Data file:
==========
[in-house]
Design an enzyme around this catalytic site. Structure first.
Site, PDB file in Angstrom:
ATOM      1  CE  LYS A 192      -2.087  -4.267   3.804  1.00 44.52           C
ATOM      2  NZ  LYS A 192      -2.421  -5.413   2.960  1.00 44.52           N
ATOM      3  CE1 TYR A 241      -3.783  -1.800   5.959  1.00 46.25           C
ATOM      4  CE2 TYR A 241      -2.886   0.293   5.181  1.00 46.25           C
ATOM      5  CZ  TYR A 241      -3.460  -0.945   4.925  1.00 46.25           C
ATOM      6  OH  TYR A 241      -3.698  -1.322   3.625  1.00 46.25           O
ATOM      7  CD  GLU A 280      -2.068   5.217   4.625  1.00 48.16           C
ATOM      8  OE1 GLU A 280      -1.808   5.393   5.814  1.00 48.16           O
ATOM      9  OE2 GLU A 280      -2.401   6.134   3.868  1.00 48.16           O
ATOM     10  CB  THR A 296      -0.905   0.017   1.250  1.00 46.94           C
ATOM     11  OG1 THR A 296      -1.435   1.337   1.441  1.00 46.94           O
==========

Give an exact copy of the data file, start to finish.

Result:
[in-house]
Design an enzyme around this catalytic site. Structure first.
Site, PDB file in Angstrom:
ATOM      1  CE  LYS A 192      -2.087  -4.267   3.804  1.00 44.52           C
ATOM      2  NZ  LYS A 192      -2.421  -5.413   2.960  1.00 44.52           N
ATOM      3  CE1 TYR A 241      -3.783  -1.800   5.959  1.00 46.25           C
ATOM      4  CE2 TYR A 241      -2.886   0.293   5.181  1.00 46.25           C
ATOM      5  CZ  TYR A 241      -3.460  -0.945   4.925  1.00 46.25           C
ATOM      6  OH  TYR A 241      -3.698  -1.322   3.625  1.00 46.25           O
ATOM      7  CD  GLU A 280      -2.068   5.217   4.625  1.00 48.16           C
ATOM      8  OE1 GLU A 280      -1.808   5.393   5.814  1.00 48.16           O
ATOM      9  OE2 GLU A 280      -2.401   6.134   3.868  1.00 48.16           O
ATOM     10  CB  THR A 296      -0.905   0.017   1.250  1.00 46.94           C
ATOM     11  OG1 THR A 296      -1.435   1.337   1.441  1.00 46.94           O